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Work well for individual or group-housed adult fence lizards. Adding clean, damp sand substrate makes an ideal habitat for females ready to lay and bury their eggs. Smaller versions can be used for hatchlings and juvenile fence lizards. Easily sterilized in standard cage washes! Just remember to wrap in opaque paper before use to prevent adult males from seeing one another.

 

24 hour plug-in timerstimer

Work great for timing basking lights to match up with daylight hours outside, to maintain the circadian rhythms of captive-housed fence lizards. Make sure you get the type with 2 grounded outlets!

 

 

 

 

 

Plastic deli containersIMG_20180112_111835361

So many uses in a lizard lab! Can be used to hold lizards, crickets, and eggs for weighing. Great for transporting hatchlings from the lab to the field! When filled with damp vermiculite, they make an excellent place to incubate fence lizard eggs!

 

 

 

 

Thermocouple thermometer img_20170221_131145

Like other scientists, we’ve found that a thermocoupler probe “fits neatly inside a lizard’s cloaca” for measuring body temperature.

 

 

 

 

 

Bug vacuumbug vacuum

Works great for collecting leftover crickets in order to track how many were eaten. Fairly quiet, and less stressful to fence lizards than reaching in to hand-capture the crickets, as well as being much less time consuming! And crickets are undamaged, so can be used again in later feedings (hand capture of crickets often results in squished crickets). Long-lasting battery, can vacuum over 100 cages before needing to be recharged.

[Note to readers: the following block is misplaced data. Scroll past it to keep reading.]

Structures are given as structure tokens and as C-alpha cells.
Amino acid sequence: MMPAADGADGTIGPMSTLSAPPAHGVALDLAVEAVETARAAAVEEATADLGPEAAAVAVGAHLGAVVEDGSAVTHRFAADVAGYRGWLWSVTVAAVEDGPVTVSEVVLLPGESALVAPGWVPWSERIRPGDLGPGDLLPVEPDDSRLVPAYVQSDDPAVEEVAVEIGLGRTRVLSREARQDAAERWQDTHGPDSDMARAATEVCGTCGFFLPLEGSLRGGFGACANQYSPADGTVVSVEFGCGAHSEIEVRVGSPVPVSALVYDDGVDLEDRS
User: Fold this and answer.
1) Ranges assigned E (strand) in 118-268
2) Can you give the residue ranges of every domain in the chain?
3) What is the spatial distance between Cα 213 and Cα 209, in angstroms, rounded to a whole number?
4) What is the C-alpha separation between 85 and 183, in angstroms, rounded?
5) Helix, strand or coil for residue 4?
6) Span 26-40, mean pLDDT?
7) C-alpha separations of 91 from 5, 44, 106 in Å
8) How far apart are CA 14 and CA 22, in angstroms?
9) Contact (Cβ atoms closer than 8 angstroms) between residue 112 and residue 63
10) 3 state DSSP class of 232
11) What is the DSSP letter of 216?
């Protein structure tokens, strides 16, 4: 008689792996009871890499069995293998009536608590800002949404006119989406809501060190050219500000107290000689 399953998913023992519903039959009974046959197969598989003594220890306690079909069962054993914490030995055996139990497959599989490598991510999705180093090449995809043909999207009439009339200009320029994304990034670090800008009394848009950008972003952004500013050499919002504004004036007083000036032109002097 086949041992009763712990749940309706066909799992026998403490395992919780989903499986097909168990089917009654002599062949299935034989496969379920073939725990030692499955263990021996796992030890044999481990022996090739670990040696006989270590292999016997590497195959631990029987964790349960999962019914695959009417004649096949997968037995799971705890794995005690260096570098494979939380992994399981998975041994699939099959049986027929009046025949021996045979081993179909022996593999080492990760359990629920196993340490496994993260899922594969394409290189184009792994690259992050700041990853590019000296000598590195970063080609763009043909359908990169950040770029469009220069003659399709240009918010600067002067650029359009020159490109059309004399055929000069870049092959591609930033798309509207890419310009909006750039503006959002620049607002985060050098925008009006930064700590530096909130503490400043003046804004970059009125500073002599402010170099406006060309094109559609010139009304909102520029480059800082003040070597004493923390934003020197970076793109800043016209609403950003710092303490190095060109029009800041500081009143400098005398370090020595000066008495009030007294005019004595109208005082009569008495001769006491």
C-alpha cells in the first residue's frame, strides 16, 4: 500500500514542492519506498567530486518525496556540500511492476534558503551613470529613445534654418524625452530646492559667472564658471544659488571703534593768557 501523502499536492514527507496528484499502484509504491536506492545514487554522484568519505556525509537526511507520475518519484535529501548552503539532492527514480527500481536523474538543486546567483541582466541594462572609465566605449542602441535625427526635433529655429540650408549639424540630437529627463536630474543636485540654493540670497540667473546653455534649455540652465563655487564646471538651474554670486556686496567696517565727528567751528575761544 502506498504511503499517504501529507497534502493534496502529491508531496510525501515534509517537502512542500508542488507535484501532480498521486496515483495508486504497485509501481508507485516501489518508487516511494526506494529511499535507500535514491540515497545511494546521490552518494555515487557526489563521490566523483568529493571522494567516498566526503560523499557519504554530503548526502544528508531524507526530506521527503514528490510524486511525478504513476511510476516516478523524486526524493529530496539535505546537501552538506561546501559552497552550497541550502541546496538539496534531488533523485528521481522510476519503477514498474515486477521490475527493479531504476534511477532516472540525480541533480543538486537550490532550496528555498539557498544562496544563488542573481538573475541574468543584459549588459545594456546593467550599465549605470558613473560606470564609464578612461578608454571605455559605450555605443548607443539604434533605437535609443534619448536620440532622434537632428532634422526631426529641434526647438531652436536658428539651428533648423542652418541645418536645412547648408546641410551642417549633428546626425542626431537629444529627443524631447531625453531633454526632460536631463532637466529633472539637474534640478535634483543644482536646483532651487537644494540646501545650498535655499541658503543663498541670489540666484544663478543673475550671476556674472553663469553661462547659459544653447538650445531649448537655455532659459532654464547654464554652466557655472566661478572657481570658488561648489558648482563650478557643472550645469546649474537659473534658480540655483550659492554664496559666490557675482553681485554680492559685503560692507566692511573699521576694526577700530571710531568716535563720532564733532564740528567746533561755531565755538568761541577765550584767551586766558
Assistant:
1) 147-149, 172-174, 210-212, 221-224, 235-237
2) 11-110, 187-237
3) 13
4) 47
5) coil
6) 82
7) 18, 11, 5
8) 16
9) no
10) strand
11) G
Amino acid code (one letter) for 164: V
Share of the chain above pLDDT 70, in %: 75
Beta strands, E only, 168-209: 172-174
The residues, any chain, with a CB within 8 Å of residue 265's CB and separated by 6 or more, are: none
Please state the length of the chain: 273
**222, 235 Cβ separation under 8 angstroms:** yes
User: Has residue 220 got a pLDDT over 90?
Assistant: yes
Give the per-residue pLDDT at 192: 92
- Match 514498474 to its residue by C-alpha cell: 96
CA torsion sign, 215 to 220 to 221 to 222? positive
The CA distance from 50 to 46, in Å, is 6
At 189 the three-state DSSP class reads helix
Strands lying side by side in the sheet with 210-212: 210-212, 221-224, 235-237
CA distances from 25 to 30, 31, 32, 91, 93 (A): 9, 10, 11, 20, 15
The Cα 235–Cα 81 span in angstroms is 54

Honey

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Surprisingly effective organic glue for attaching deceased fire ants to live crickets for a fence lizard feeding study. I wanted the fence lizards to consume fire ants without being stung, which meant the fire ants needed to be euthanized first. But fence lizards won’t consume unmoving prey, so I had to attach the fire ants to a living insect. Using <5µl of honey, I was able to stably attach 10 fire ants to each cricket, and the cricket was still able to move about freely.

 

Tea strainertea strainer

Great container to hold isoflurane-soaked cottonballs for lizard anesthesia. The wire mesh allows the lizard to breath in the isoflurane, but holds in the cotton ball to avoid direct contact with the animal. Have not tried to use tea strainers with fire ants. Can also be used to strain particulate matter out of feces when performing fecal parasitology tests.

 

 

Plaster of Parisplaster of paris

Used in the production of fake lizard models for predation studies. Easy to use, and held up well to short-term exposure to the elements.